Well, That Escalated …

A few days ago, Taylor Swift posted an open letter to Apple complaining about their new Music service.

I’m sure you are aware that Apple Music will be offering a free 3 month trial to anyone who signs up for the service. I’m not sure you know that Apple Music will not be paying writers, producers, or artists for those three months. I find it to be shocking, disappointing, and completely unlike this historically progressive and generous company.

Fair enough – creators deserve to be compensated for their work. Apple even backed down and said they will pay for the plays during the free trial period.

But it turns out the agreement photographers must sign to cover her concerts is a rights grab – meaning her company, Firefly Entertainment, gets to use the work others create without compensating them.

Ahem. Kettle, this is the pot … you should chat.

Swift’s management team quickly pointed out that was incorrect.

Great! There’s a new contract that isn’t a rights grab, right?

Umm, no.

It’s still there … and it gets worse.

It still grants them, “the perpetual, worldwide right to use the published Photographs for any non-commercial purpose (in all media and formats), including but not limited to publicity and promotion …”

So it isn’t everything anymore, just what you’ve published. There are also limitations on what and where you can publish – essentially eliminating any re-licensing beyond the original usage.

So, what’s worse?

If you fail to fully comply with this Authorization, authorized agents of FEI, the Artist or the Related Entities may confiscate and/or destroy the technology or devices that contain the master files of the Photographs and other images, including, but not limited to, cell phones and memory cards, and the Photographs and any other images.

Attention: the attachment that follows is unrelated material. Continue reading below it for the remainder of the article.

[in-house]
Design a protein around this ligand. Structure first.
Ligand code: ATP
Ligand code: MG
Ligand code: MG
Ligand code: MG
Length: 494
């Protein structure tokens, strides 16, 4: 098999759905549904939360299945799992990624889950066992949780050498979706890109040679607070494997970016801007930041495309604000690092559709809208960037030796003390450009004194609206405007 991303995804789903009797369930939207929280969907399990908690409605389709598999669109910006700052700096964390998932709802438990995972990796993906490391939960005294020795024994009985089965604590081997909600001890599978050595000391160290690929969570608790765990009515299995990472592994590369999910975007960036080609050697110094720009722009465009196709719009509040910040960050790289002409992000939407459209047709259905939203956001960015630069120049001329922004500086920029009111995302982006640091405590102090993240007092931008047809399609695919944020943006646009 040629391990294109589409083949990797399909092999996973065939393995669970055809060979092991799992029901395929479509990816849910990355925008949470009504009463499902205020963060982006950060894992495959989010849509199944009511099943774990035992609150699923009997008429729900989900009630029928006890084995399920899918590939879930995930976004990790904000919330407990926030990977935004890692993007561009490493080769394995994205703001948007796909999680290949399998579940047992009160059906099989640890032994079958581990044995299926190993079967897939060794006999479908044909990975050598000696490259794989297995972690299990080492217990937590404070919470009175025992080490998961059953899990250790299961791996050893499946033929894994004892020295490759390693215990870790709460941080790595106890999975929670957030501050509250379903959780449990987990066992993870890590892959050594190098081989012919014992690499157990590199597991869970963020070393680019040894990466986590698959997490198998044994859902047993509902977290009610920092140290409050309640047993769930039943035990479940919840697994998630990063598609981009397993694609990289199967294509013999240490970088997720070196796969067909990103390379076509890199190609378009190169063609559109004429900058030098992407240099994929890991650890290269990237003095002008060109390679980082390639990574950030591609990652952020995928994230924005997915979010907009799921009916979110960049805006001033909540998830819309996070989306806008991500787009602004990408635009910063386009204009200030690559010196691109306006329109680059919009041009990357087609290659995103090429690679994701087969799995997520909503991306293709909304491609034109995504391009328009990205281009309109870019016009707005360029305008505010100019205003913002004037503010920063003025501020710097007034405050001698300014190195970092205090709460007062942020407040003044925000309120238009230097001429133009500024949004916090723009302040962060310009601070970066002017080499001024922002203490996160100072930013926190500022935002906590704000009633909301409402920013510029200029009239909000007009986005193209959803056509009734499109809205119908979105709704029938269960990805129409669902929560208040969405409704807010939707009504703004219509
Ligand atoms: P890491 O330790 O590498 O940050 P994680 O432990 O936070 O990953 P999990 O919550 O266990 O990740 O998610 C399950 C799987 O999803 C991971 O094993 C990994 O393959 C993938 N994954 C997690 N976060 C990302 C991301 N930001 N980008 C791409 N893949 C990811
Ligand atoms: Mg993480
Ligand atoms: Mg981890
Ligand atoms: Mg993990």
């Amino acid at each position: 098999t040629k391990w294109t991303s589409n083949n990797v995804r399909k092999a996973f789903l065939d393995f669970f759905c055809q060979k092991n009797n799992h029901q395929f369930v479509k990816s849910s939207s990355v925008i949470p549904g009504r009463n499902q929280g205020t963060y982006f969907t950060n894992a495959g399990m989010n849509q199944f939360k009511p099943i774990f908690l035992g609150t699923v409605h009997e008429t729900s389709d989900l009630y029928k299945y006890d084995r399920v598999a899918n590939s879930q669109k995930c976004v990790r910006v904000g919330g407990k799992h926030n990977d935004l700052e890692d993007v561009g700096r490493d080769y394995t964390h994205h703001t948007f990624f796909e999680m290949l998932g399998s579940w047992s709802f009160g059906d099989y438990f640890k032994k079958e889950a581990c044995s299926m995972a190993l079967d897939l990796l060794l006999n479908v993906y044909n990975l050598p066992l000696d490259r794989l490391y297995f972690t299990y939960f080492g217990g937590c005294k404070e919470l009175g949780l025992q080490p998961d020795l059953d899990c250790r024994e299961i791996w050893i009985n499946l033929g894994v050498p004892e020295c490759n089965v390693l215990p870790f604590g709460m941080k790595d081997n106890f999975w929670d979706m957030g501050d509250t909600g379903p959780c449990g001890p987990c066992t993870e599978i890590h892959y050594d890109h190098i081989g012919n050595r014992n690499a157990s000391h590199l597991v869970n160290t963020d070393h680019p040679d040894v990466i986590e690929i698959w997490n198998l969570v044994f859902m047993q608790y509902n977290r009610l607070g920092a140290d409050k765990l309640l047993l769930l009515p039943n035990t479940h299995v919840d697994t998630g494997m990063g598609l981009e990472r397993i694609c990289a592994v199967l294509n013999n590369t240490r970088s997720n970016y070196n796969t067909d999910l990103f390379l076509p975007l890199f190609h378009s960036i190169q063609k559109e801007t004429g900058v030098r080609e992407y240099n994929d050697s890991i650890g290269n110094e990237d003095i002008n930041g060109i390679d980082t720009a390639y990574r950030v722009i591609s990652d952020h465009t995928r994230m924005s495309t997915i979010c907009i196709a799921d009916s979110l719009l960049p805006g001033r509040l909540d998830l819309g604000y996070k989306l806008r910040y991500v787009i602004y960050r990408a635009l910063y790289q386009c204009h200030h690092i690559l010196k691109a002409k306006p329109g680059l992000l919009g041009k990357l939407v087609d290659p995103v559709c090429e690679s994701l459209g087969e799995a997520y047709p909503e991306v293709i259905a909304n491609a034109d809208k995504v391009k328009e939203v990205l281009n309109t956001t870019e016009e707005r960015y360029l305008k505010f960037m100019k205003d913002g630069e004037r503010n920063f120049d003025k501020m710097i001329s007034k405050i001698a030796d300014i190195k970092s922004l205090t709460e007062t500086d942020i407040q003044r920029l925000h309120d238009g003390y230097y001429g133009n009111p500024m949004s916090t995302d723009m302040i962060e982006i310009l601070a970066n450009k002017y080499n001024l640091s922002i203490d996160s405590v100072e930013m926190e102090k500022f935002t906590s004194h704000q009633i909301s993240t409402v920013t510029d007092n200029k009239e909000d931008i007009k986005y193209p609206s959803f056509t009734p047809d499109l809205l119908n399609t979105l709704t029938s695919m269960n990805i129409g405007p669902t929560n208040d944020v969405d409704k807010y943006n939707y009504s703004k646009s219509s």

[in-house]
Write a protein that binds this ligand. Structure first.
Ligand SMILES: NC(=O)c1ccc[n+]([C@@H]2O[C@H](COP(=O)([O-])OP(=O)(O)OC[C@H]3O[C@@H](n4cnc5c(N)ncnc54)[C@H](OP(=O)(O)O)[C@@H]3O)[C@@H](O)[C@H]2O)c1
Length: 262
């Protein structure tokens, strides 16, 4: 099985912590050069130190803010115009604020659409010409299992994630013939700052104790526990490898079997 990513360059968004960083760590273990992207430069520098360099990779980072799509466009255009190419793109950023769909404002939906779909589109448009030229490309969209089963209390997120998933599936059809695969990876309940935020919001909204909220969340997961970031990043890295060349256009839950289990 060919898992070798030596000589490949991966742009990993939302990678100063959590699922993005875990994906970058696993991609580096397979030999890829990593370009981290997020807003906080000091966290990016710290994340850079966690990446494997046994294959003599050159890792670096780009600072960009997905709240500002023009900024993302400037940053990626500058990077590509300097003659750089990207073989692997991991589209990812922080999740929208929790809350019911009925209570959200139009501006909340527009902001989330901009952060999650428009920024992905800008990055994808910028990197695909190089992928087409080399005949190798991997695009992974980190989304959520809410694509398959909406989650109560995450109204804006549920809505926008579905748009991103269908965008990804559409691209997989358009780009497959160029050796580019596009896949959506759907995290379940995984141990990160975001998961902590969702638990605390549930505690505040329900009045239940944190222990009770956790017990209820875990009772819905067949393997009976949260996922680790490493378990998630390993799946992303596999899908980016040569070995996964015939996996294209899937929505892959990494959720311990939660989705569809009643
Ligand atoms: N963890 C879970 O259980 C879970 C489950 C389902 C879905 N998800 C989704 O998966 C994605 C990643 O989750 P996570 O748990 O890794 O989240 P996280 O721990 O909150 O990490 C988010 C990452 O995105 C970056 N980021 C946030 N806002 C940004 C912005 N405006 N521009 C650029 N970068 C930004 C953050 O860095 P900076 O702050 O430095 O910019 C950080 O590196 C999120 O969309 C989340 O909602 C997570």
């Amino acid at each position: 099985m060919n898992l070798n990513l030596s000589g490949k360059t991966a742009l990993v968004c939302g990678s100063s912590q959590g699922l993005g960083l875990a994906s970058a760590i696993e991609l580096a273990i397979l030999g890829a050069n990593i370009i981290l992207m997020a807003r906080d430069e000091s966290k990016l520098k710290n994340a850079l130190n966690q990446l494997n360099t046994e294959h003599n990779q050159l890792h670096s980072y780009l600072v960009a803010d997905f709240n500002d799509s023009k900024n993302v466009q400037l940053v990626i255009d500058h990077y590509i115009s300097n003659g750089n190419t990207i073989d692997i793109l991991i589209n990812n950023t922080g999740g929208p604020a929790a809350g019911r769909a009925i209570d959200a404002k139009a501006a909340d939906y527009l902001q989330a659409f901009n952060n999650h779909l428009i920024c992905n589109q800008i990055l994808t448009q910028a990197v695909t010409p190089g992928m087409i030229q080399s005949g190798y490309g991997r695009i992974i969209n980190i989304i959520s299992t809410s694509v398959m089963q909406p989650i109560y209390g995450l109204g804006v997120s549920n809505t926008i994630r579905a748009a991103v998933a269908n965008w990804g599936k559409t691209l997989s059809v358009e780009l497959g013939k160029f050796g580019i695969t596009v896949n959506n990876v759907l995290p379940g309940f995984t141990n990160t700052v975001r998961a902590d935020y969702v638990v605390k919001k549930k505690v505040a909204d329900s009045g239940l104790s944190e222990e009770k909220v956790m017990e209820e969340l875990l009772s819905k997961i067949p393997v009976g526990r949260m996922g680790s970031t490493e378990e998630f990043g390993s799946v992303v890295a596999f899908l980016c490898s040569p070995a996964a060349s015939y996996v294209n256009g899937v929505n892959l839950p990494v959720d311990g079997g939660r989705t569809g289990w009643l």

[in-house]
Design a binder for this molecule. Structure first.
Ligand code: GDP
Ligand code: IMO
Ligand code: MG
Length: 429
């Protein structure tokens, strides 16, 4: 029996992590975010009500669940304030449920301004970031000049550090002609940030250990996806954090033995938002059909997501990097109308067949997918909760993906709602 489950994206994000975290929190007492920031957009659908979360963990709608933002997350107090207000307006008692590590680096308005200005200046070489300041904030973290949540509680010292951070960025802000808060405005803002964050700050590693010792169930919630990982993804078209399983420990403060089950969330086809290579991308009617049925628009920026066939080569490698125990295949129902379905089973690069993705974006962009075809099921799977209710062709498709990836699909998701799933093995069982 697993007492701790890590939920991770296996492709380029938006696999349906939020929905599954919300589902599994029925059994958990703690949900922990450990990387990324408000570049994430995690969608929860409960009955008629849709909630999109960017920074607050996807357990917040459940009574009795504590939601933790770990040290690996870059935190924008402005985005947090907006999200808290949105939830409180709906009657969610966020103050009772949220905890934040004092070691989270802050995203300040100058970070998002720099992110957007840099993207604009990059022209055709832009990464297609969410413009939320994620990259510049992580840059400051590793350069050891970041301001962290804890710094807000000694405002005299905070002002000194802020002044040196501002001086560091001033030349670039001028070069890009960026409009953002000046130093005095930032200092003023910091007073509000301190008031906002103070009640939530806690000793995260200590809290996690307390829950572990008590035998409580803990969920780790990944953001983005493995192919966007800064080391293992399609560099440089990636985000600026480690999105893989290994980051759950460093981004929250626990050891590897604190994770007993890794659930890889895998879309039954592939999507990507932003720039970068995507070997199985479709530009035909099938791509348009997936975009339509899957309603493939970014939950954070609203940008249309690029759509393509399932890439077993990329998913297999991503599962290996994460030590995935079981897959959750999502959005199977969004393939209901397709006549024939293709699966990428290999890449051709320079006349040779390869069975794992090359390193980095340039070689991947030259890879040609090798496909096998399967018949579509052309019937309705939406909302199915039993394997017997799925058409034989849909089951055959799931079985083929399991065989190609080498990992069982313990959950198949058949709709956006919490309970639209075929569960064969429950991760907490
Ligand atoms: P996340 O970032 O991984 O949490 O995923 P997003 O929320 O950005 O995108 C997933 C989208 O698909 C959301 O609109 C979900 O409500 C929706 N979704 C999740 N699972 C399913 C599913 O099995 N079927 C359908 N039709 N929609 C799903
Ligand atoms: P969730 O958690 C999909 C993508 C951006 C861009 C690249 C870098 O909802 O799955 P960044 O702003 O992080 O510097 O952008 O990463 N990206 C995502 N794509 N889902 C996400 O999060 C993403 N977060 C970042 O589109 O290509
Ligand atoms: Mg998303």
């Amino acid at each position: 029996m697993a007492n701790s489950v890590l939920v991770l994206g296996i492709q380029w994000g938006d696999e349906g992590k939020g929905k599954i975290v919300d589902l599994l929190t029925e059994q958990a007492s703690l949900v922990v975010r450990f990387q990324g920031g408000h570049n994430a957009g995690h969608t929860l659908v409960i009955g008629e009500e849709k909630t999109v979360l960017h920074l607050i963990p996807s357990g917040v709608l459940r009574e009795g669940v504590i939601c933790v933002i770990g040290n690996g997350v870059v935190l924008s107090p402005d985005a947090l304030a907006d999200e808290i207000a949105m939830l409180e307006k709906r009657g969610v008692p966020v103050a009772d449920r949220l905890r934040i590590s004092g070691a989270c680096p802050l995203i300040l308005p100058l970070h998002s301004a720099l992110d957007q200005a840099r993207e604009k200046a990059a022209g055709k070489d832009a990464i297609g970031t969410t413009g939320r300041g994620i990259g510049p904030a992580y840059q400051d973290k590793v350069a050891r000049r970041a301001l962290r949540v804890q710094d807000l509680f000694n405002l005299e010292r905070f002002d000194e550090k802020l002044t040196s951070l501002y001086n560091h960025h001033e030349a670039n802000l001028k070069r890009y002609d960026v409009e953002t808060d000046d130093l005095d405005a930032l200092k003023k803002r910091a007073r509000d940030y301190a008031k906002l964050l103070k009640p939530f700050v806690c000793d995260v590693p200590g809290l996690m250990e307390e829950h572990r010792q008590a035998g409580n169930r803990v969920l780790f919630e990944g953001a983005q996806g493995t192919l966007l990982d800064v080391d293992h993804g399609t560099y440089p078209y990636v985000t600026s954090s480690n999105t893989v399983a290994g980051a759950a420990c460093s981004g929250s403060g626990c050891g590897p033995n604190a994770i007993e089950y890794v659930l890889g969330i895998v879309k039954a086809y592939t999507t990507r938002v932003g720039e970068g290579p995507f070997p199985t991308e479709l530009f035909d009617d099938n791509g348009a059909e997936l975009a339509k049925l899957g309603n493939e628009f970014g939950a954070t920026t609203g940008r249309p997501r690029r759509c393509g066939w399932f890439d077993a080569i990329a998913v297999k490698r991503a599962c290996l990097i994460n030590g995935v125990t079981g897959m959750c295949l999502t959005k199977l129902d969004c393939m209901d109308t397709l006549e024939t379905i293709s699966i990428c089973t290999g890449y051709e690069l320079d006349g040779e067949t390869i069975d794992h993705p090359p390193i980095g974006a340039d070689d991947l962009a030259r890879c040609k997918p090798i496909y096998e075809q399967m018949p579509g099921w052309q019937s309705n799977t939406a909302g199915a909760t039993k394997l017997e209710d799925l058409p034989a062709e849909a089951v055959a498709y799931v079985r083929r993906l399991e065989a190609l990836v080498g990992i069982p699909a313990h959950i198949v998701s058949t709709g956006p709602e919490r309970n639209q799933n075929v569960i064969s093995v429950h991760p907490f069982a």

Well, that’s just mean …

What do we take away from this? Unfortunately, we’ve probably already lost the battle on this. There are too many people willing to sign away their rights for the personal thrill of covering musicians. Additionally, most artists don’t need publications to get their message out – the ability to self-publish has wiped out the need for news organizations to truly cover these events.

But if they don’t, the audience goes elsewhere.

It’s a Catch-22, isn’t it?

Which doesn’t leave many options. It would be nice if the media companies that own publishers and radio stations would step up and say no to both the contracts and giving these “artists” airtime.

I have always counseled that it no longer makes sense to cover what is easily known, journalists should expend their efforts covering that which is not known.

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